Schedule for the Vintage Band Festival

We’re so excited to b e a part of this year’s Vintage Band Festival in Northfield, MN on August 1-4. There are many fine bands performing. Check out our concerts on Friday, August 2nd.

2019 Season About to Begin

1st Nebraska’s 2019 performance season is about to begin! We start on Sunday, May 26, in Superior, Nebraska with a concert for the Superior Victorian Days festival. The band last played in Superior in 2017 and are returning by popular demand.

Superior has a very nice band shell in its City Park that also hosts a memorial to its fallen Civil War soldiers. The large park is shaded by mature trees, has convenient parking, and houses the city swimming pool. All in all, it’s a wonderful performance venue.

Our concert will begin at 2:00, and will include patriotic songs from the North and South, popular songs of the day by composers such as Stephen C. Foster, and even a piece from a well-known opera of the period. The program is narrated to inform the audience of the significance of the music and the roles the bands played during the Civil War.

The concert is free to the public thanks to the sponsorship of the Superior Chamber of Commerce.

If you’re in the South-central Nebraska area on Memorial weekend stop over and enjoy the concert!

New Tuba Provides Oomph to the Band

On Saturday, January 26, band leader Bill Hall and tubist Nate Griffith traveled to Des Moines to try out a restored bass/tuba for the 1st Nebraska Band. The owner, Steve Sprague, leader of the Liberty Band of Iowa, was selling the instrument because they had switched from upright bell horns to Over-the Shoulder horns. Steve had the instrument restored by Southeastern Musical Services in Huntsville, Alabama.


As Nate opened the sturdy case the beauty of the polished brass finish shined forth. Nate carefully picked up the tuba and began to play a series of high notes on the horn. They projected clear and beautiful. Next, valve compression was checked, and each slide popped when pulled out, meaning that a good vacuum was maintained because the valves were sealing the tubing. Nate finally settled into playing some notes in the normal playing range of the tuba, adjusted the length of the valve slides, and found good intonation throughout the chromatic series. Thoroughly satisfied, Nate presented Steve with a nice check for purchase of the instrument.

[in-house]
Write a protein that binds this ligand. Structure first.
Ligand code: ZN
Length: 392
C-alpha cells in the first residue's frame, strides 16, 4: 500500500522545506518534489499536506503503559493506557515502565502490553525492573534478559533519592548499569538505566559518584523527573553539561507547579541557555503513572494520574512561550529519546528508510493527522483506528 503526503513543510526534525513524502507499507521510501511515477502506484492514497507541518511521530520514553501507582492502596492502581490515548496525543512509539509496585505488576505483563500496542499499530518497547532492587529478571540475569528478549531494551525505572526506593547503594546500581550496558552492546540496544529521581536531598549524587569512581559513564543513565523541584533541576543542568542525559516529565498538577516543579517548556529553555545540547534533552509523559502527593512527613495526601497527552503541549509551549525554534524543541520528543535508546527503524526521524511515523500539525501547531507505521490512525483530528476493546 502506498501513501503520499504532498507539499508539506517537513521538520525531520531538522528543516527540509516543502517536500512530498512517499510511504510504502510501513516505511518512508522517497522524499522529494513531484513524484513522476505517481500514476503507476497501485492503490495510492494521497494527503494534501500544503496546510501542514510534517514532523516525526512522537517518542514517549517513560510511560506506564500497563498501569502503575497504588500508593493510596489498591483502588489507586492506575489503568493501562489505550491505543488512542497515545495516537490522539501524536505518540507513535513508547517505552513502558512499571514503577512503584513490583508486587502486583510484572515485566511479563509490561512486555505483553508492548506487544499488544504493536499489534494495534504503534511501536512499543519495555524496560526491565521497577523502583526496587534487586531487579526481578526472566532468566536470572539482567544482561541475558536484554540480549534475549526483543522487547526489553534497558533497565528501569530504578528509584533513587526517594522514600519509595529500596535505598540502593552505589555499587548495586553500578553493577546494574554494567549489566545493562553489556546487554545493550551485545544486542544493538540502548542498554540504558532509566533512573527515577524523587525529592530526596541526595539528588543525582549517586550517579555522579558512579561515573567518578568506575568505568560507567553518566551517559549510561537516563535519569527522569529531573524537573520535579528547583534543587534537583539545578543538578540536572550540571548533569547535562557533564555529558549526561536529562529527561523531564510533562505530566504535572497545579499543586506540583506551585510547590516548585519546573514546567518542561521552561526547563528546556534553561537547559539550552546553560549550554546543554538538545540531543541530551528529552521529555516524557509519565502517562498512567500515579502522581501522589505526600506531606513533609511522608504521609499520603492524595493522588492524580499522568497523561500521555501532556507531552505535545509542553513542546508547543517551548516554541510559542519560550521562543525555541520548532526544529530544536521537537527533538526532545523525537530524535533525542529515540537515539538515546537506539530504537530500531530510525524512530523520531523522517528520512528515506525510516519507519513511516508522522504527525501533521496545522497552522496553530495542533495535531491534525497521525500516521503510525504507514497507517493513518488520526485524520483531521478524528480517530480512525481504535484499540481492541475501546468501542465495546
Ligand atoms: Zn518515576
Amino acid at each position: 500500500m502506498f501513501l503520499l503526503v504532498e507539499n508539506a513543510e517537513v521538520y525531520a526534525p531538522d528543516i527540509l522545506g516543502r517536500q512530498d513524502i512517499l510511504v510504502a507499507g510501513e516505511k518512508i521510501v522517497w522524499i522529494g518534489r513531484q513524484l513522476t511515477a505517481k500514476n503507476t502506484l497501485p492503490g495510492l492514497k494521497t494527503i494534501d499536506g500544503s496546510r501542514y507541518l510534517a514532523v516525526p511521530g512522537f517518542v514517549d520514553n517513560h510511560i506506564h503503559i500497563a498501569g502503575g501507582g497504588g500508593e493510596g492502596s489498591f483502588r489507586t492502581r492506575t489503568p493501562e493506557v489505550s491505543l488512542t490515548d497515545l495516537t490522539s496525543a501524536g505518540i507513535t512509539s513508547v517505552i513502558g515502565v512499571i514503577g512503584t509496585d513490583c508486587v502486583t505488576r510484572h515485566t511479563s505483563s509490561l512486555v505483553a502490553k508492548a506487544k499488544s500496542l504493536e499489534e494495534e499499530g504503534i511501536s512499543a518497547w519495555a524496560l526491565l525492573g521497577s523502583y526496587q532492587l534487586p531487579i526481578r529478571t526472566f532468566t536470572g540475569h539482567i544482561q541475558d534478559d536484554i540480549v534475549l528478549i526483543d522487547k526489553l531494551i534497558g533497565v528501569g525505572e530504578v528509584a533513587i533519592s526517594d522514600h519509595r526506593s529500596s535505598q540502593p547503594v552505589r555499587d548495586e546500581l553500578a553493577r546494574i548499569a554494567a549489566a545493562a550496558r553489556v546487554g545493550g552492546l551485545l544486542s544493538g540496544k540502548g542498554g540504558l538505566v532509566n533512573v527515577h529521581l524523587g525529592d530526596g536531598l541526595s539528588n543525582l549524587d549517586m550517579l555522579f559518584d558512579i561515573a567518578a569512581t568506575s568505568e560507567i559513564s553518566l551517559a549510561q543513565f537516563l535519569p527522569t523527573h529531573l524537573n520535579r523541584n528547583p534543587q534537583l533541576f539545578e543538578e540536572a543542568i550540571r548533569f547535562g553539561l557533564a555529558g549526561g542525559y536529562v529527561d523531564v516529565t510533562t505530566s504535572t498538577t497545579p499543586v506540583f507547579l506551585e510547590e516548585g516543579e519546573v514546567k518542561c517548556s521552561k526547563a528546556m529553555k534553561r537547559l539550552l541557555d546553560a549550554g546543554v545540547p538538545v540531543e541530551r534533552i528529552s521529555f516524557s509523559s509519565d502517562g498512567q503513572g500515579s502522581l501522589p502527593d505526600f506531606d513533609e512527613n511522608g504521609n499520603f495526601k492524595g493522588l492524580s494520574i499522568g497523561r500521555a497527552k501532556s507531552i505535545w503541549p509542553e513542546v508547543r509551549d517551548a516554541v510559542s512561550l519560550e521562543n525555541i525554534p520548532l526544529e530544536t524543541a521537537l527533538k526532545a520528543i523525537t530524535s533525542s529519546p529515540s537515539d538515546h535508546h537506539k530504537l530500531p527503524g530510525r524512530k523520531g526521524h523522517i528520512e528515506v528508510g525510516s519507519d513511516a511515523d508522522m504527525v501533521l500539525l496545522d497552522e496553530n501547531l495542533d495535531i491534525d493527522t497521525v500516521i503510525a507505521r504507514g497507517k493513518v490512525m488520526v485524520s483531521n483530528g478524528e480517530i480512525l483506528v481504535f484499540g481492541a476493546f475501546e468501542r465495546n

The tuba is an upright bell side action rotary valve E-flat Bass in polished brass manufctured under the Lyon & Healy name. Lyon & Healy produced brass instruments from 1864 until 1928, and sold them in their retail store in Chicago.

We can’t wait to see how the instrument sounds combined with the rest of the band. So looking forward to our February rehearsal. Thanks, Nate, for investsing in this beautiful horn.


1st Nebraska Receives Christmas Gift

On December 10th, band leader Bill Hall received a phone call from a fellow Civil War band enthusiast in Iowa asking if the 1st Nebraska had received enough donations in the recent Washington County Gives campaign to purchase a desired period alto horn. Bill sadly replied “No, we didn’t.” To which the friend asked if the band would like to receive a donation of a circa 1870 Ernst Seltmann top-action, rotary valved, upright bell alto horn that was not in current use. Well, Bill was more than elated, especially because December 10 is his birthday!

Ernst Seltmann immigrated to the United States in 1857, from Neukirchen, Germany. He settled in Philadelphia and began producing brass instruments by 1860, where he stayed in business until his death in 1883. Most of Seltmann’s upright bell horns follow the same pattern as the above alto.